Arabs and Muslims in the Media illustrates how the politics of representation in TV dramas, news reports, and public service announcements. Alsultany screens multiple shows for her readers, including 24, 7th Heaven, The Agency, Boston Public, The Education of Max Bickford, The Guardian, The Grid, JAG, Law and Order, Law and Order SVU, LAX, NCIS, NYPD Blue, The Practice, Sleeper Cell, Threat Matrix, and The West Wing. She explores the representational modes and strategies in great detail and reveals how the storyline of popular television very often justifies discrimination against Muslims. These pervasive images help structure the logic for the suspension of civil rights in a time of national security crisis, justify inequality and exclusion, and reaffirm Muslims’ association with terrorism. Without the ability to evaluate Muslims outside the context of terrorism viewers' perceptions and assumptions about Islam remain intact because the narratives conclude that the current status quo is an unfortunate but necessary evil.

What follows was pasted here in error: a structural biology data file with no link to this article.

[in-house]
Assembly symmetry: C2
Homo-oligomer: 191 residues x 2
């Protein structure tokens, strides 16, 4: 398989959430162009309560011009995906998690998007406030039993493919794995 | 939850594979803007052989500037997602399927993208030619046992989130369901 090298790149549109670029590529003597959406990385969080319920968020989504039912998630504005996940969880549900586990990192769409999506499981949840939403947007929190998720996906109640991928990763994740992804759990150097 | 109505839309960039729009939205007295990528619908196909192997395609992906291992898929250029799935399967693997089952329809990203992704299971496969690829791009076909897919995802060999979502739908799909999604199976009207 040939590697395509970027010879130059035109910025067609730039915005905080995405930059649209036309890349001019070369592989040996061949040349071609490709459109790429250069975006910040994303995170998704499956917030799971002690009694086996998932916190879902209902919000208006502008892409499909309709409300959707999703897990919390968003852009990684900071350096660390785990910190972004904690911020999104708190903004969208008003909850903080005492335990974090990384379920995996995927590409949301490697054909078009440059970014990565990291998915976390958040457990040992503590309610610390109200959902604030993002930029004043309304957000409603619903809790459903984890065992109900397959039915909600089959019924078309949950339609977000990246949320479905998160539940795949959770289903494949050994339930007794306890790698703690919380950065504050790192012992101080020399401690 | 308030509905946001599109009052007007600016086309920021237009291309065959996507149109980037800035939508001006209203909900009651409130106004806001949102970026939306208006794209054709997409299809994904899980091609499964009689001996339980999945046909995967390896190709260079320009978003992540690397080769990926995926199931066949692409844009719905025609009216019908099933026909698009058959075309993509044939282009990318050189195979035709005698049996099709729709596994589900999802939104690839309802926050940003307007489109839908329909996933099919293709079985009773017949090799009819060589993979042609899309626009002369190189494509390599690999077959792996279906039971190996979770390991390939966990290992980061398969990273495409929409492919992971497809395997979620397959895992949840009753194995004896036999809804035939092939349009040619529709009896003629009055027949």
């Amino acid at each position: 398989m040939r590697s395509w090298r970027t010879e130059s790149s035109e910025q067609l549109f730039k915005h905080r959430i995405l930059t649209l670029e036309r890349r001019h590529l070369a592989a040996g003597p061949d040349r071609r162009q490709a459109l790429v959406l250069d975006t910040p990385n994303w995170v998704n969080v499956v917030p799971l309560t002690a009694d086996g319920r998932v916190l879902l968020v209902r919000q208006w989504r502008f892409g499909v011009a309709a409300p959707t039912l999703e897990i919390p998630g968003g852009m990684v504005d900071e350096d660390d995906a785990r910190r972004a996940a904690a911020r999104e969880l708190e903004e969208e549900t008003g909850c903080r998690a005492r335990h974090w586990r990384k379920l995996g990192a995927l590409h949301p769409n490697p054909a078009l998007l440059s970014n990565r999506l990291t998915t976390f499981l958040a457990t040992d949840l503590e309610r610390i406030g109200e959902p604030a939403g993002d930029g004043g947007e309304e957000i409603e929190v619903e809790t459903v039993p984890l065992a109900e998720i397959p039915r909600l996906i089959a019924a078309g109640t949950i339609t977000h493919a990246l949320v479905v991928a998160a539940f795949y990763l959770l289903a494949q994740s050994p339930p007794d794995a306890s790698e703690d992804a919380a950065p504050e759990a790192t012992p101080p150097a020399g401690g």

Alsultany is confident that a more nuanced and diversified field of Muslim representations in media can be realized. While media makers continue to overwhelmingly represent Muslims in a negative light or within the context of terrorism their audiences no longer sit back quietly and allow them to determine who Muslims are. Change largely rests on the shoulders of viewers and their demands of media creators. Audiences have become more powerful with the rise of social technologies and multiple platforms for accessing media that consumers thereby have a voice in shaping media representations. And writers and producers have economic incentive to respond.
We have seen these effective challenges succeed in the recent past. Earlier this year, Brooke Eikmeier, a young writer and Arabic-speaking US army veteran, had dreams of producing a television show that would reveal some of the diversity of Muslims to an American audience. Well, her dreams came true when ABC Family picked up Alice in Arabia. However, the situation soon became a nightmare when people quickly turned to social media to voice their concerns for the project. Most of the controversy surrounded archetypal portrayals of Muslims which people feared were latent within the official ABC Family description of the show: